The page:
This week we welcome Florian Bruhin as our PyDev of the Week. Let’s spend some time getting to know our fellow Pythonista!
Can you tell us a little about yourself (hobbies, education, etc):
My name is Florian Bruhin, I’m currently 22.9 years old, and living in Switzerland.
I’m working as an electronical engineer (though, ironically, spending most time writing Python running on PCs), and plan to start studying computer science next year.
My primary hobby is a python project which got a bit bigger than I thought it would 😉
Other than that I enjoy swimming and spending quite some time in trains. I’m not sure if this is a hobby or a necessity though 😉
Why did you start using Python?
Back in 2011 I had the idea of modifying an electronic typewriter to output tweets and other oneliners related to the demoscene. I knew (embedded) C, QBasic and bash at the time, and already abused bash for a lot of things where it definitely wasn’t the best tool (like writing IRC bots).
I realized I really don’t want to scrape websites in any of those languages, so I had to learn a better language. I couldn’t decide between Ruby and Python, so I ended up learning the basics of both for a few weeks each.
Even though Ruby has this awesome comic tutorial with cute foxes, I decided to go with Python at the end.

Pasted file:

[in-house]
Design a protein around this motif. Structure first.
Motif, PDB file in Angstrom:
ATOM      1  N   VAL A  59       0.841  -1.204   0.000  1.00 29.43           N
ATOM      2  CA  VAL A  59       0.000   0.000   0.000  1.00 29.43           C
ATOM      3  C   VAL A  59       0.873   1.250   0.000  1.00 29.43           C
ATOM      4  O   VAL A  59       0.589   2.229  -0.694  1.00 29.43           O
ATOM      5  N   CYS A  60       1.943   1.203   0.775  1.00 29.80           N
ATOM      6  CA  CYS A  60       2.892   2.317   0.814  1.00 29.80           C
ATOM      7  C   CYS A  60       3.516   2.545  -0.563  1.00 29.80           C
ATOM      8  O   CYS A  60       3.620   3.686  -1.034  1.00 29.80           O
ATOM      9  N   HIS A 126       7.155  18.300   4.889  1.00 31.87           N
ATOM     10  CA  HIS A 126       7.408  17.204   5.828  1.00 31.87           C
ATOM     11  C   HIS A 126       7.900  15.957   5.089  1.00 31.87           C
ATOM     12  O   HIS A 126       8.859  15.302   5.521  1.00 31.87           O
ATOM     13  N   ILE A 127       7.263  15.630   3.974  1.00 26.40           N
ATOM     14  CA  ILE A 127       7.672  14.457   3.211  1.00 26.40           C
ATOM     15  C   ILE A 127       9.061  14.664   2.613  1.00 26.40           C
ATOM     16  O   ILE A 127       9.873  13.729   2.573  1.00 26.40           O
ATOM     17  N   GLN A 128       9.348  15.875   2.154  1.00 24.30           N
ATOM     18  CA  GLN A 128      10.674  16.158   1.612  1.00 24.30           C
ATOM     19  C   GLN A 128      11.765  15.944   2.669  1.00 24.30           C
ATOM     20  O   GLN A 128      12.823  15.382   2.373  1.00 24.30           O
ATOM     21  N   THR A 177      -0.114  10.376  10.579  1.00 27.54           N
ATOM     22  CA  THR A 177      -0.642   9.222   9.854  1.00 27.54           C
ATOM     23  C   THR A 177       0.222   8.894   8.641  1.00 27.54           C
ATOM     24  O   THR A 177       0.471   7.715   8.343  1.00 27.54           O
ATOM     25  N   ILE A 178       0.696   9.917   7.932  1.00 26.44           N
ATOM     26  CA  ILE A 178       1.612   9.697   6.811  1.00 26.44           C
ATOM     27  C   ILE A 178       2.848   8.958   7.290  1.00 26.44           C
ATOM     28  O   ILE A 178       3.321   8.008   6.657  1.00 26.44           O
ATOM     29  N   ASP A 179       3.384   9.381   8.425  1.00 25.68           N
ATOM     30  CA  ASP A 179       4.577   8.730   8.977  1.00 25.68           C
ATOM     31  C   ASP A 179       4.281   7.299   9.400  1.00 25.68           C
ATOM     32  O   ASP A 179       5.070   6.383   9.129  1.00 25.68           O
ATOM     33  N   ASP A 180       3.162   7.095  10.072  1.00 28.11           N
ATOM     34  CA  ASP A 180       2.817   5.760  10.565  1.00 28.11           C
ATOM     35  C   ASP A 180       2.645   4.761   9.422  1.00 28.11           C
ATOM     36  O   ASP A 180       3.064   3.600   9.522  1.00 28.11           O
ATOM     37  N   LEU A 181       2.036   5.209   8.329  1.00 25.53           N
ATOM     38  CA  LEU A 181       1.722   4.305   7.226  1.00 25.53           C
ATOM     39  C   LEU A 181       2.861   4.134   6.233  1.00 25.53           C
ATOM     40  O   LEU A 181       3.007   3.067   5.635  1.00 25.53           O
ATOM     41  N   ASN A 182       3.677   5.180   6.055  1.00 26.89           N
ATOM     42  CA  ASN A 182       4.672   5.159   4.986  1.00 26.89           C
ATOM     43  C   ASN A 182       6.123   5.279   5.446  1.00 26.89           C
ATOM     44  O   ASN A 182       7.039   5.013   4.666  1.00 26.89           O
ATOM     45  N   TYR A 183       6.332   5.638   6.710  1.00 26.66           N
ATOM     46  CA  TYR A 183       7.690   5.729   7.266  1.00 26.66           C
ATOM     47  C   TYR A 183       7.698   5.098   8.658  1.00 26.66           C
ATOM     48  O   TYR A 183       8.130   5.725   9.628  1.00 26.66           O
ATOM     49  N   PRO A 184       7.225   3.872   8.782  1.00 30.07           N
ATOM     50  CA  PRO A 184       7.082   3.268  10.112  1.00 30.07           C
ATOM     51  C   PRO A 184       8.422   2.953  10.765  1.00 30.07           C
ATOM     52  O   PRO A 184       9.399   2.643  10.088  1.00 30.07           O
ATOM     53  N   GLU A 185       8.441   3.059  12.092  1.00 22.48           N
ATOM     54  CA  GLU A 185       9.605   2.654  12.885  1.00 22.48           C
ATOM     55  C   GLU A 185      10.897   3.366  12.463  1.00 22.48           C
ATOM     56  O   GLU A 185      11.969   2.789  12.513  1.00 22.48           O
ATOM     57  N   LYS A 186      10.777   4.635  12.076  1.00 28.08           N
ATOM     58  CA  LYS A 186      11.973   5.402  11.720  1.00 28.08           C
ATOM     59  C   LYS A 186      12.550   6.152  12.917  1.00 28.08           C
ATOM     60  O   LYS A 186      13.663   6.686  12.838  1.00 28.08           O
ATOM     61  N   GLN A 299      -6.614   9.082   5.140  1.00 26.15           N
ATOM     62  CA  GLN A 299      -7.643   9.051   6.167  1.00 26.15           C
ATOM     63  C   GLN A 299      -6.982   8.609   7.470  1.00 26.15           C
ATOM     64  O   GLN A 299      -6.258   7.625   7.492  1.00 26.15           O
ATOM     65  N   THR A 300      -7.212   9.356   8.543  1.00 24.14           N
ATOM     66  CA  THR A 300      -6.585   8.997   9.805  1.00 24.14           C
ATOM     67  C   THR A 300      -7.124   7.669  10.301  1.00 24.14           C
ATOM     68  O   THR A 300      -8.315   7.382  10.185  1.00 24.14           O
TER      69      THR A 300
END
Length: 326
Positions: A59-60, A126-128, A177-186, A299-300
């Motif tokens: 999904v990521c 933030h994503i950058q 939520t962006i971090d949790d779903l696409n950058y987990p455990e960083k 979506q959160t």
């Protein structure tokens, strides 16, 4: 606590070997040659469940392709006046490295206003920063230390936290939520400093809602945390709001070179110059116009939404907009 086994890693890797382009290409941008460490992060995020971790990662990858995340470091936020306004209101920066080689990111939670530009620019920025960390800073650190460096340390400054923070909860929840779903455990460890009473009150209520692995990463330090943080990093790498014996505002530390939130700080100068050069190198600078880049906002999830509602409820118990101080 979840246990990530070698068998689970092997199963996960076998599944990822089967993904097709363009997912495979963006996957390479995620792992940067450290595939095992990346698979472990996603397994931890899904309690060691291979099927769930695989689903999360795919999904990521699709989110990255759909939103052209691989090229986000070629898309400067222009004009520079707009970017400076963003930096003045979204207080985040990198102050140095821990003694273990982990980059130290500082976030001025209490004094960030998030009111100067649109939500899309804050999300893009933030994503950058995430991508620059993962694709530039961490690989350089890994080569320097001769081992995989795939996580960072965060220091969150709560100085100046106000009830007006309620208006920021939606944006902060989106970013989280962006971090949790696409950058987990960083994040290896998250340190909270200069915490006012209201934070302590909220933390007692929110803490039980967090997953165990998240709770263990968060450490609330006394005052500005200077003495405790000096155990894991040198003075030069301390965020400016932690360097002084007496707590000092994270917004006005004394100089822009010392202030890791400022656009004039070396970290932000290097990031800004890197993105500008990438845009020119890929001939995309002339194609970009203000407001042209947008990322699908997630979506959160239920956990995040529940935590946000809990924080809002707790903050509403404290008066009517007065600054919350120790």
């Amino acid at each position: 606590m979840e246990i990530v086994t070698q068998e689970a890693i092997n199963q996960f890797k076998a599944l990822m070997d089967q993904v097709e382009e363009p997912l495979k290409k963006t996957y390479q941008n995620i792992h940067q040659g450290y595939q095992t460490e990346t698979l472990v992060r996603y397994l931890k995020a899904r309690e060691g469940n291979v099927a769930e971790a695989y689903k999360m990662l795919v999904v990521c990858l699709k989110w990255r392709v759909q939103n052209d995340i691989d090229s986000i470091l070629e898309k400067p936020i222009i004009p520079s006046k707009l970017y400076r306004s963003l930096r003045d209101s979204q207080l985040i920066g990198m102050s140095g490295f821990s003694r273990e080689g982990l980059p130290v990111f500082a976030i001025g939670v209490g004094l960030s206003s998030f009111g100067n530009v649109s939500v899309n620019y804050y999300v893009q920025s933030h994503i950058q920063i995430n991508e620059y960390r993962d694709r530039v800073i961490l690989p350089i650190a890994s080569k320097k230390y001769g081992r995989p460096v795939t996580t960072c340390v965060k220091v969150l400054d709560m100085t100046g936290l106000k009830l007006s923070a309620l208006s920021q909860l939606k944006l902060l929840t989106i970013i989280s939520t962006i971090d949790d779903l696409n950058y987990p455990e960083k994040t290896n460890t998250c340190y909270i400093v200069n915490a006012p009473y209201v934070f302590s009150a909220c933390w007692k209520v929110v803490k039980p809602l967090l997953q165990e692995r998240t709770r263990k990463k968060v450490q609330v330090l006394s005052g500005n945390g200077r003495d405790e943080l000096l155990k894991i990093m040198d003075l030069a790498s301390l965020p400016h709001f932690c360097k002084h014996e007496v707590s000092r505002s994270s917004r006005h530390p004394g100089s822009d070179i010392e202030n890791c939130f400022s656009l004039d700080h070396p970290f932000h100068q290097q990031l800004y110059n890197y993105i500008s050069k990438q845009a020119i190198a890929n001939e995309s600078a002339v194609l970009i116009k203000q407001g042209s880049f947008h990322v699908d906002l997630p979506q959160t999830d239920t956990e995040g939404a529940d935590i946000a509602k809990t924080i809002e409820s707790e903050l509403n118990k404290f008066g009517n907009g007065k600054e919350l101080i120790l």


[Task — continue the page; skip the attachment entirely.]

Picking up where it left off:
What other programming languages do you know and which is your favorite?
I know a lot of C and Bash, some C++ and Ruby, and probably still some Basic even though I haven’t used it in years (I’m fine with that!).
Python and C are my favourites, for highlevel and embedded stuff respectively.
What projects are you working on now?
qutebrowser is my main project since almost 2 years now. I started it because I couldn’t find a good vim-like browser, and I’m probably not stopping anytime soon.
I’m also contributing to pytest and its plugins from time to time.
I’d like to contribute more to pylint as well, but I’m mostly contributing issues rather than code because my time, unfortunately, is finite.
Which Python libraries are your favorite (core or 3rd party)?
I really like the projects mentioned above. I can only recommend any project to use pytest and pylint. I think I can add some more testing related tools to that, like tox, coverage.py and hypothesis.
I have a love-hate relationship with Qt and PyQt. I’d love if there was a more pythonic API on top of the Qt bindings, and the development process of PyQt isn’t very open unfortunately.
Is there anything else you’d like to say?
Write more tests before it’s too late! 😉
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